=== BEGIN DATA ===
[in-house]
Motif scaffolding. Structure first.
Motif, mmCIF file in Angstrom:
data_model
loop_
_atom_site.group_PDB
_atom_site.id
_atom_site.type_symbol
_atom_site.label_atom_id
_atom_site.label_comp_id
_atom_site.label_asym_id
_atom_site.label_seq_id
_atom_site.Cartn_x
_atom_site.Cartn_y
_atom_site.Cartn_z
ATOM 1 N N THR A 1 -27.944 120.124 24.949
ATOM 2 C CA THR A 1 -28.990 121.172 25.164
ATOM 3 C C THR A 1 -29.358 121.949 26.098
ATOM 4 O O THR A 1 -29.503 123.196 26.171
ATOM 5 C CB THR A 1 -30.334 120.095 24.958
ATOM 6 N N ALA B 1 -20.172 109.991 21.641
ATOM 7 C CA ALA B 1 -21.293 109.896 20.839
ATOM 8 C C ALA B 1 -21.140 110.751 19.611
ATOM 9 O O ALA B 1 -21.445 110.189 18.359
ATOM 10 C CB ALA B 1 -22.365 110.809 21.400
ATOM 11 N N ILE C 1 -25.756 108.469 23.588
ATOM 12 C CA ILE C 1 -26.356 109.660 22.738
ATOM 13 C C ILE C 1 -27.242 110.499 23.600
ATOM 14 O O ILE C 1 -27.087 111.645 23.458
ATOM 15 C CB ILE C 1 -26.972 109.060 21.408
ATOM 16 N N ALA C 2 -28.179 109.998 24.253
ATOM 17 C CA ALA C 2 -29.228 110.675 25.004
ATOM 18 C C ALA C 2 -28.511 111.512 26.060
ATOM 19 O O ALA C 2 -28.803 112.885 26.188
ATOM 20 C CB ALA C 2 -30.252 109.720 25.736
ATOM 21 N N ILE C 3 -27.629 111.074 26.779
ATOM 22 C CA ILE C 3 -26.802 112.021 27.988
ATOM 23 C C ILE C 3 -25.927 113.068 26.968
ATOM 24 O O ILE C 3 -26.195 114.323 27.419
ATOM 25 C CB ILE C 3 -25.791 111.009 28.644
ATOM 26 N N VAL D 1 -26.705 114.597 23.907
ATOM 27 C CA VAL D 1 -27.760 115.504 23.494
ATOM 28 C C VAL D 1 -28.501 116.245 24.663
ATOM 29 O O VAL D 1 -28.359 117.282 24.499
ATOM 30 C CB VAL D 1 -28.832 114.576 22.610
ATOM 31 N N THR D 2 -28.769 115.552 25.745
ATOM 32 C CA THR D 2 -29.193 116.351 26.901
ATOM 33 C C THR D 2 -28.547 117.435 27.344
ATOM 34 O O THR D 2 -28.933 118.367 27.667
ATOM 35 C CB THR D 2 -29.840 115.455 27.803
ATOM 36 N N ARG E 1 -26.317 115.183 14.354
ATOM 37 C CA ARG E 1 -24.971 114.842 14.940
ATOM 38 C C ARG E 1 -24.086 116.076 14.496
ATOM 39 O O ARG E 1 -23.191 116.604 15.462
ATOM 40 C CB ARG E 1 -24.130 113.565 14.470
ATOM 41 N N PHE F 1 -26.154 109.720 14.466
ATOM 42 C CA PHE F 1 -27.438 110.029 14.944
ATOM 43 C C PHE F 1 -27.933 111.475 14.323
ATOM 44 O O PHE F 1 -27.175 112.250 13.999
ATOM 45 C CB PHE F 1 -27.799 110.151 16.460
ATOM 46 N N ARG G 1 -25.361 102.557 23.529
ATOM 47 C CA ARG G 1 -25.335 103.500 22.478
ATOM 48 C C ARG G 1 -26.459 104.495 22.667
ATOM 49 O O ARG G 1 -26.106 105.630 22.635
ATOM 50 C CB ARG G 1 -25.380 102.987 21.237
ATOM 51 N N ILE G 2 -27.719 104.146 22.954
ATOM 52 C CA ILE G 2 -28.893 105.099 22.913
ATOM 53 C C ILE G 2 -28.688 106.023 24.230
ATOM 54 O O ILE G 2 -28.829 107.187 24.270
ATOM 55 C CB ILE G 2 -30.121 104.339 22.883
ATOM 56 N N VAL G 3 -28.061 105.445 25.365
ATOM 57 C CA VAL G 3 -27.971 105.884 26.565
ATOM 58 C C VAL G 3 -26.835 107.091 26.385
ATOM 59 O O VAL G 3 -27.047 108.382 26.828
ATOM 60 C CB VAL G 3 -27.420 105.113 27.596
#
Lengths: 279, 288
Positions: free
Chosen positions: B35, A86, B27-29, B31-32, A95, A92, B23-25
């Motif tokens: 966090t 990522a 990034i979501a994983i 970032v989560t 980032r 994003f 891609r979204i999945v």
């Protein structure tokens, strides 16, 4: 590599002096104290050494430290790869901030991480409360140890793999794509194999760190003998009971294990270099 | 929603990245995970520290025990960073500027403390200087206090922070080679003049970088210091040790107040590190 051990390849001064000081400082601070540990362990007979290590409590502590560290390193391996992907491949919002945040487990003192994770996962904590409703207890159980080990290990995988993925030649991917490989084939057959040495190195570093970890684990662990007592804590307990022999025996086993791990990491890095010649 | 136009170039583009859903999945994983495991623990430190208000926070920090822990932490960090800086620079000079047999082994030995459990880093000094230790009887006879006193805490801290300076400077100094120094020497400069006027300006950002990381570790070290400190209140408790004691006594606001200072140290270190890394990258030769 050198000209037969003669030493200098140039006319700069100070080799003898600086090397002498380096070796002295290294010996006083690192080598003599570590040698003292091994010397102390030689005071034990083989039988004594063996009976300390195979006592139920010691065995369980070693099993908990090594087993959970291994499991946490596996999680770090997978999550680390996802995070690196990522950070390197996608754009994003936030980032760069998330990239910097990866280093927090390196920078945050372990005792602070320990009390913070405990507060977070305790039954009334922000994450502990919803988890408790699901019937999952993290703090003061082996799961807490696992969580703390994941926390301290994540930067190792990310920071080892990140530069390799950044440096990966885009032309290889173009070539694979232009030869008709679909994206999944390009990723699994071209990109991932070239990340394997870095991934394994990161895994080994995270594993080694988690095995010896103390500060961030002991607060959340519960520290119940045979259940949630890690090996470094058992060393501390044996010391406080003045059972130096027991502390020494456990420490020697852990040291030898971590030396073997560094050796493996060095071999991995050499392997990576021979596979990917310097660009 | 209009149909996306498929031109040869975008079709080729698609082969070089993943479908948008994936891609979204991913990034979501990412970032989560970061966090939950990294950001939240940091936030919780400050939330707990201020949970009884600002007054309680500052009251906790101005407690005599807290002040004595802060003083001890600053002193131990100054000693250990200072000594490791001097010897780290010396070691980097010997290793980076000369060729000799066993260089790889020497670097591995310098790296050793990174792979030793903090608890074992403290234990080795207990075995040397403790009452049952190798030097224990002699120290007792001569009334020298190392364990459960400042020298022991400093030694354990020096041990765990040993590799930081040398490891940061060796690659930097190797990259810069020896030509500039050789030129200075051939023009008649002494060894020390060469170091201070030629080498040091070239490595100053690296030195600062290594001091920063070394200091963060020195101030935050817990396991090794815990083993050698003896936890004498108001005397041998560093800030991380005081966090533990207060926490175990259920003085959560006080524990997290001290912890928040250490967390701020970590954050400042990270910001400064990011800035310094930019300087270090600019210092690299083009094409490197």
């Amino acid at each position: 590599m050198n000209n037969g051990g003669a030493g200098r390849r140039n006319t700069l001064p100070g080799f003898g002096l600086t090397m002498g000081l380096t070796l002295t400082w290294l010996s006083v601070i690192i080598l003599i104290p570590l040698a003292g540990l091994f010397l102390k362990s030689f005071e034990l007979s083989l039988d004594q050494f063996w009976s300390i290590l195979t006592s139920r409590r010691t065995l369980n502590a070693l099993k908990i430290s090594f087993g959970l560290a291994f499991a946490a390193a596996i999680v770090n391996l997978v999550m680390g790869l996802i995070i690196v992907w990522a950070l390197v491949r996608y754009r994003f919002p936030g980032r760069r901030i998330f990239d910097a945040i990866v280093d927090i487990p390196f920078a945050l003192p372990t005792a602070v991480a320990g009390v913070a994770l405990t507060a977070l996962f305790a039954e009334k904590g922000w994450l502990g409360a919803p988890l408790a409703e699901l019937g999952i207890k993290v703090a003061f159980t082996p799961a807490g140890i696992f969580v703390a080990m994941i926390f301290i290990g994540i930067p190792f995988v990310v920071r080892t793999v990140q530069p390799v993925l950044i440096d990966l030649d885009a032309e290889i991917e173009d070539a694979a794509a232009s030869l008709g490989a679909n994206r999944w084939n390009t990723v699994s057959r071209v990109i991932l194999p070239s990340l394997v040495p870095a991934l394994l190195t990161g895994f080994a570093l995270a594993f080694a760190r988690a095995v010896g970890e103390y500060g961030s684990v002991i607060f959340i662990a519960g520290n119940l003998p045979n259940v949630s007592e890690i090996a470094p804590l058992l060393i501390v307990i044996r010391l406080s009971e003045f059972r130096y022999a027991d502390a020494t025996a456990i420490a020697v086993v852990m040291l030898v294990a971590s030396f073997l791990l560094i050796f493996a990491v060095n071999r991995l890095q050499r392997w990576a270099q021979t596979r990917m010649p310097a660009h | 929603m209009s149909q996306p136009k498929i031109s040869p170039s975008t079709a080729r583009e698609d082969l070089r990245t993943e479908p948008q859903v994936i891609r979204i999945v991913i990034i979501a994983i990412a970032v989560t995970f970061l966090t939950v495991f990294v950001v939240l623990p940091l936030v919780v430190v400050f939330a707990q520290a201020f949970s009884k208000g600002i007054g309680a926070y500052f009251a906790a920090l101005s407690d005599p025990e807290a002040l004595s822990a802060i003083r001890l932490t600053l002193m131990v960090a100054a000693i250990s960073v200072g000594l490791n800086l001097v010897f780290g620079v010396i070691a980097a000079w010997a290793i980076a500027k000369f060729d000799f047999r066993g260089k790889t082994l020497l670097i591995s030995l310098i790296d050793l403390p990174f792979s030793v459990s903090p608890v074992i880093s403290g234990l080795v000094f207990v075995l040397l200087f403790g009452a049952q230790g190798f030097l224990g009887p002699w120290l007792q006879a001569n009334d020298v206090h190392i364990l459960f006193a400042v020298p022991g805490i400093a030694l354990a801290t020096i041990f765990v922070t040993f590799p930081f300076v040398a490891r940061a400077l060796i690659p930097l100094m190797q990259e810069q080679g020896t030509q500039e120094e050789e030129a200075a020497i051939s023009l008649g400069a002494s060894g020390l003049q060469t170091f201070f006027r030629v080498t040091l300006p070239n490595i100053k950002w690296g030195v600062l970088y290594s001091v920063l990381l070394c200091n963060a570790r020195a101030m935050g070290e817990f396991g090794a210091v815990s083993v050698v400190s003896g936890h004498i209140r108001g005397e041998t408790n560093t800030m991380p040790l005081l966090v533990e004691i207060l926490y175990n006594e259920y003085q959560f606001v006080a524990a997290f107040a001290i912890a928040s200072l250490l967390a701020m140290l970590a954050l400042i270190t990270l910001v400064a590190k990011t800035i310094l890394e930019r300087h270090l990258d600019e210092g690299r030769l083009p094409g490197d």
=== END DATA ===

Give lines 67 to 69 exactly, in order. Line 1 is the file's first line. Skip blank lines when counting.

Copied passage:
ATOM 52 C CA ILE G 2 -28.893 105.099 22.913
ATOM 53 C C ILE G 2 -28.688 106.023 24.230
ATOM 54 O O ILE G 2 -28.829 107.187 24.270